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I have designed a peak detector to capture the peaks of high speed pulses. This is the circuit:Peak detector circuit

This is the waveform obtained on simulation: enter image description here

Waveform when input peak is about 2.5 V:

enter image description here Orange is PR3, output of peak detector. Blue is PR4, output of Op- Amp U1. Red is PR1, input pulse. I use Comp_1 to discharge the cap C2, after the pulse has ended. This is done to capture peak of all the pulses (regardless of the value).

Could someone suggest how I can fix this issue?

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  • \$\begingroup\$ @Trevor, it doesn't help. On the contrary, the value stored during pulse is further lower than the actual peak. \$\endgroup\$ – Ash Oct 30 '17 at 20:17
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    \$\begingroup\$ You're powering the op-amp from VDC5V0. Presumably this is 5.0 V. How close to the positive rail is LT1809 able to drive its output? Does the circuit work if the input peak is only at 2.5 V? \$\endgroup\$ – The Photon Oct 30 '17 at 20:27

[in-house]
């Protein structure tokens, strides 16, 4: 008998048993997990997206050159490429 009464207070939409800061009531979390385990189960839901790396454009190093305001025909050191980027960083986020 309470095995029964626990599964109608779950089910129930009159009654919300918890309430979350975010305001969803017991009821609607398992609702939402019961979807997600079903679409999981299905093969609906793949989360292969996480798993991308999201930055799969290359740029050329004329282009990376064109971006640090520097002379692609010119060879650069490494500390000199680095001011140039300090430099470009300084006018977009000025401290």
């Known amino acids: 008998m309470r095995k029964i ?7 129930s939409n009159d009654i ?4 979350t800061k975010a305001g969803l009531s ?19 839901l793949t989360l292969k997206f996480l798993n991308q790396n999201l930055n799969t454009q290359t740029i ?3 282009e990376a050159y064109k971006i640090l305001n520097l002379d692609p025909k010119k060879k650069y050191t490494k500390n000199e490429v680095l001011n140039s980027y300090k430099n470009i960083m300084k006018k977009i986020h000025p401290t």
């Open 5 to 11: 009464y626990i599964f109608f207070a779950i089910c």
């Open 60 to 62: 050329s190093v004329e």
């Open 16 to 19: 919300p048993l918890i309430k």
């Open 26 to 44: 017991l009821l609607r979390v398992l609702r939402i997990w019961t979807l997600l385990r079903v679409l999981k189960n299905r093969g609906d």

• \$\begingroup\$ @ThePhoton, Yes VDC5V0 is 5V. I tested the op-amp as a unity gain buffer, it was able to follow the input without issue. With a 2.63 V peak, there is a drop initially ( Vpeak= 2.54V). However due to bias current, the peak increases to 2.68 V before the pulse ends. \$\endgroup\$ – Ash Oct 30 '17 at 20:36
  • \$\begingroup\$ When you did the buffer test, what was the load on the output? (Try with a load that will give a similar current to what will be needed in your final circuit) \$\endgroup\$ – The Photon Oct 30 '17 at 20:37
  • \$\begingroup\$ I just ran the sim again, the load is 220 pF cap, with series resistor 33 ohm. Feedback taken at ouput of op-amp. Resistor is used to avoid settling issue. The output follows the input. \$\endgroup\$ – Ash Oct 30 '17 at 20:45
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For high speed pulses, I would avoid amplifiers with fancy things in their feedback path.

Go back to the basic principles of how a diode or BJT work. A diode or emitter follower driving a capacitor is a peak detector. You can use a FET to reset the capacitor voltage to 0 to be ready for the next peak, or a resistor that bleeds off the voltage with a long enough time constant to not interfere with whatever you are trying to do.

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